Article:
It is quite astonishing, how many people have had a really bad experience with a photographer. This subject came up a lot with people around me in recent weeks.
The photographers in question were everything from the stand in the mall to the high-end studio photographer and the one that had been hired to cover an event.
Having turned my hobby into a business that is supposed to create revenue, I am very much taking to heart every criticism that is being made against my fellow photographer colleagues.
Reasons for the clients unhappiness varies, but in essence, the main complaints are T I C:
T = Time Consuming as in endless shoots, slow work pace of the photographer, leaving the client with sore jaws from endless forced smiling, the children grumpy and the parents dreading the next time they attempt to get some nice photos for the grandparents. Terrible, meaning the photos that were given were considered to be inadequate, either because of their colour, their crop, their composition, or because they were simply bad photos.
I = Irritating: This could mean the shoot itself, that whole business of being ‘posed’ for photos and everything feeling ‘staged’ left clients feeling overly self-conscious and impatient. It also meant the way unselected photos of their precious children were simply thrown in the bin or deleted right in front of their eyes (which has happened to me, too, as a client, and I couldn’t agree more!), and the whole issue of paying extra for prints and not making them available digitally in any shape, way or form.
C = Complicated: for example the baby was grizzly at the newborn shoot and there was no way of rescheduling to a later date, the weather was horrid and the catch-up dates for the location shoot were inconvenient, the photographer growled at guests at the wedding who took photos with their phones
All the T I C‘s seem reasonable, but largely, they could have been avoided with the, you guessed it, T O Q‘s:
T = Transparency: obviously one would think that clients choose a photographer only after seeing his or her work, which means there should be no surprises in regards to whether the photographer likes to use special effects filters in the artistic stage or not, whether the photographer likes a tight crop with lots of emphasis on close-ups or whether the photographer never breaks the Rule of Thirds when framing the shot. Whichever way a client ends up discussing their requirements with their chosen photographer, any and all little details should be discussed. The photographer, being the professional, should be able to lead and explain exactly how he or she is intending to go about the shoot, everything from the setup to the finish, including details about rescheduling, delivery, contract and legal talk. Getting the basic things explained can be time consuming, and mostly, they are repeating themselves for every client, so it is understandable that many photographers have addressed this with information packets or introduction videos.
O = Open: after looking through the photographers online platforms, reading and watching any information provided (which unfortunately most clients do not seem to be doing), the client needs to be open. You don’t like the baby naked in all newborn shoots? Say it. You don’t like the charcoal grey background in the studio? Say it. You feel uncomfortable with the clothing tips that you have been given for the family portrait? Say it. If the photographer is a true professional neither of these things should throw him (or her) off balance. The baby can be wrapped or dressed, the dark blue background can equally be used, the clothing tips can be explained again (there are great colour charts available online that help with that). Some expectations may be unrealistic, as the one that I get all the time about posing and staging the shots. Unfortunately, unless the client is a supermodel and knows all about how to hold the head, place the feet, tilt the hip, work the jaw line and do the squinch, they will have to have a little bit of trust in their photographer to make them look good without overdoing it. No endless smiling in my shoots though, I can promise that 🙂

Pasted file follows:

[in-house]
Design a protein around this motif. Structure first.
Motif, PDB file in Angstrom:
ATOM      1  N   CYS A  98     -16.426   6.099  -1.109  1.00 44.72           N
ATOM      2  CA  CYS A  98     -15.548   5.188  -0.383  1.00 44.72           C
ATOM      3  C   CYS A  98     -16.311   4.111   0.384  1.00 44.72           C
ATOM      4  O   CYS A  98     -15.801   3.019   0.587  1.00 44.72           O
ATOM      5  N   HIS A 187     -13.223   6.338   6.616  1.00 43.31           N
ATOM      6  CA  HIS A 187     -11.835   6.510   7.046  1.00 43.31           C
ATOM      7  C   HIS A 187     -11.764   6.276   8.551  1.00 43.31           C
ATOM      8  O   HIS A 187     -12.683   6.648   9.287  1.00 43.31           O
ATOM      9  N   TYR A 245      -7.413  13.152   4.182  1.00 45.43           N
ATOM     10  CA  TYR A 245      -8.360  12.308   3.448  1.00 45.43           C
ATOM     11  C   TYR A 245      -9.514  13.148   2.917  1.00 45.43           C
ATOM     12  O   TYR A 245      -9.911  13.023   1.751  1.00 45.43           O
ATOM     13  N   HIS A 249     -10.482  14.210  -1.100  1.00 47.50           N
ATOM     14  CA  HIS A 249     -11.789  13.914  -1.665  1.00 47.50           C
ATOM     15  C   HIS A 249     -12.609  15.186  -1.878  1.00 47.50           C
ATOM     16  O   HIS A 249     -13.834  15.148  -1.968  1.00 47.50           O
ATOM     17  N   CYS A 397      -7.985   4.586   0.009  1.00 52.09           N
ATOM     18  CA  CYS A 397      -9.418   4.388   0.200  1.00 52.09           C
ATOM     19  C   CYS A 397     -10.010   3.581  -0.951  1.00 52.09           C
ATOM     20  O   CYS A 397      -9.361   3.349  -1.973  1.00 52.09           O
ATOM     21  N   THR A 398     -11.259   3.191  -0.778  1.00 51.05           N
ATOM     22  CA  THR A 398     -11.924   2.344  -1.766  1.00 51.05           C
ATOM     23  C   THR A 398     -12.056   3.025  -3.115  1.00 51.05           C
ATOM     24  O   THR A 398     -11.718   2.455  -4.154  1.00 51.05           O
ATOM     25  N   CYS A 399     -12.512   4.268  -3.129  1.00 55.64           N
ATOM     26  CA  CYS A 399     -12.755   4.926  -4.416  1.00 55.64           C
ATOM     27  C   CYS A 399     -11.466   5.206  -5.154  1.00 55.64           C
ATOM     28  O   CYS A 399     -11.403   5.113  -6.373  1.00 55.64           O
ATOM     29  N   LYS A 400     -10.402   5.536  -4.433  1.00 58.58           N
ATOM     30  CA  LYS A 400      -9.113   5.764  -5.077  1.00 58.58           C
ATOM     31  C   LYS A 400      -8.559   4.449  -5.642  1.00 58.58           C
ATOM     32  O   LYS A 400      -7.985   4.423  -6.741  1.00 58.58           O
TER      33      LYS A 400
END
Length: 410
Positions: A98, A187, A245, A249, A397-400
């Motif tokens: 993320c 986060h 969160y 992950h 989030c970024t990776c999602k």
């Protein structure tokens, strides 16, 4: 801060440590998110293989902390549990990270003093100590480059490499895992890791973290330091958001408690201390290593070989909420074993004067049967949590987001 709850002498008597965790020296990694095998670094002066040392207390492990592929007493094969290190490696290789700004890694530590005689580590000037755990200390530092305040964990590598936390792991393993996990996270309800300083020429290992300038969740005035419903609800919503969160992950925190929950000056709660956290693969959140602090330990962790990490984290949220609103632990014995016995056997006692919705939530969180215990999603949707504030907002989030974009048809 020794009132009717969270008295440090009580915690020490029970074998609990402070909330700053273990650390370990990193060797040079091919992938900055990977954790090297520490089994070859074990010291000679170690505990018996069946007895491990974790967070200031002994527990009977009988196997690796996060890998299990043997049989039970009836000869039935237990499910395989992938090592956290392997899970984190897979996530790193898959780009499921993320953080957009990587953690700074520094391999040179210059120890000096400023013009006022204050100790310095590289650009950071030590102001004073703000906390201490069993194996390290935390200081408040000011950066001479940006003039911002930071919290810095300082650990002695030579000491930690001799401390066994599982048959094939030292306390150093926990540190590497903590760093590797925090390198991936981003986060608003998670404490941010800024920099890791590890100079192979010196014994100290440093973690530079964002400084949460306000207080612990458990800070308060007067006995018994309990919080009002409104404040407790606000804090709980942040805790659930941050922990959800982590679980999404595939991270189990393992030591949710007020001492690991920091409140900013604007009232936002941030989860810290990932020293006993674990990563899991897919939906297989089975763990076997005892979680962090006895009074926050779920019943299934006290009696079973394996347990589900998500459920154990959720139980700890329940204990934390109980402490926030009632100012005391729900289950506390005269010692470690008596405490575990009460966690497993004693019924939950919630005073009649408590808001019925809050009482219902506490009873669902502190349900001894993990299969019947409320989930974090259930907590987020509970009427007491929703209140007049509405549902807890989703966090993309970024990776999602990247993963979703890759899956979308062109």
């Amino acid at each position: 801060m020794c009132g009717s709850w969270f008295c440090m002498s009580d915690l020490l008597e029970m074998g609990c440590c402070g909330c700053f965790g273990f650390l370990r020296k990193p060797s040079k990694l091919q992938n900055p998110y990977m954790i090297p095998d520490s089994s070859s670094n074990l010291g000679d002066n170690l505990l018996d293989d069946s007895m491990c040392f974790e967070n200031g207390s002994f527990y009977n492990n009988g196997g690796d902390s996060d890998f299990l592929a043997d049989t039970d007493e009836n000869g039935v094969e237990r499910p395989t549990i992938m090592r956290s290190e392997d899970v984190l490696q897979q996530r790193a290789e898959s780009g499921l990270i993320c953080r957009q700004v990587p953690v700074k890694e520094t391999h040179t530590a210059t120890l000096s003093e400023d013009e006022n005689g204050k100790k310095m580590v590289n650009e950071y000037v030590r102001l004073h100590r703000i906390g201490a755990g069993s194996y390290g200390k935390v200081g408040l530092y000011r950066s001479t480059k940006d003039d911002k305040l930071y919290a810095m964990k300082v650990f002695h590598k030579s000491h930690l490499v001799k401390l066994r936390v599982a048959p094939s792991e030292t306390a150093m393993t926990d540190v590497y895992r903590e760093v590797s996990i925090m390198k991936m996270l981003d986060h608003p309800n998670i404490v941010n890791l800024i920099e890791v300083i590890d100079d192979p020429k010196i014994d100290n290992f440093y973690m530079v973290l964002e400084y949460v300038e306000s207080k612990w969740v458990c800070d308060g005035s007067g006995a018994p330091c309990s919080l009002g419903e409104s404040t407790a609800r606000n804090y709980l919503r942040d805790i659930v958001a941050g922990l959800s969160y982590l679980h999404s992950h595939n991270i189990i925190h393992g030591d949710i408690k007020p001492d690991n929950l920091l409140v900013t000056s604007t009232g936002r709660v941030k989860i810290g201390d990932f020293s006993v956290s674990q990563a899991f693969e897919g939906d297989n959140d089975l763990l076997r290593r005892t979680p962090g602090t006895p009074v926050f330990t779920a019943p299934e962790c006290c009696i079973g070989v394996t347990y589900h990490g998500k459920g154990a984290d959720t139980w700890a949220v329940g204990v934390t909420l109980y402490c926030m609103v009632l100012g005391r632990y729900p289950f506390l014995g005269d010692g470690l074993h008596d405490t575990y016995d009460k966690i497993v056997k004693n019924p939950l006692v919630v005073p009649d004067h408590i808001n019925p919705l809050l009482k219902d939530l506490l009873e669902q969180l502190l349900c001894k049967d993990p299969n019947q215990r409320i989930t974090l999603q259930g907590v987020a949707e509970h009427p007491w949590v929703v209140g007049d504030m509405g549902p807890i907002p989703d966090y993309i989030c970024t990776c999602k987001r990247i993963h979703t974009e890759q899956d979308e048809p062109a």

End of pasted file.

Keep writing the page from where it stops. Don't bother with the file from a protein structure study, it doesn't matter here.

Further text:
This point works two-ways though: the photographer needs to be open as well: if there are things they absolutely love to do, they should tell the client, like me, I have a thing for eyelashes, especially with kids, I always like to get some really, really close-up shots. They rarely end up in a frame on the wall, and they probably aren’t going to be Nan’s first pick either, but I love them, and they almost always make my final cut. Same with other people taking photos while I take photos: I don’t like it, when photographing groups, they are confused and don’t know where to look, and at events generally people get annoyed with too many people pointing cameras at them. I do make that clear long before they day, and I ask for cooperation from the client in that. It is not an unreasonable request, and it is not too difficult to let invited guests know that they cannot take photos while the hired photographer is there. I have had clients ask to take photos in the studio, while I work with their kids, which is fine with me. Those pictures usually end up in social media, and in the end could work in my favour 🙂
Which leaves us with Q = Questions: ask questions. I rather have clients ask too many questions than not enough. I always try to accommodate everything. It’s my job to establish their trust, otherwise they won’t be relaxed in the shoot, which will show in the photos, which is exactly not what anyone is after. We are trying to create a memory after all, from start to finished product.
So, how’s your TIC TOQ when it comes to photography?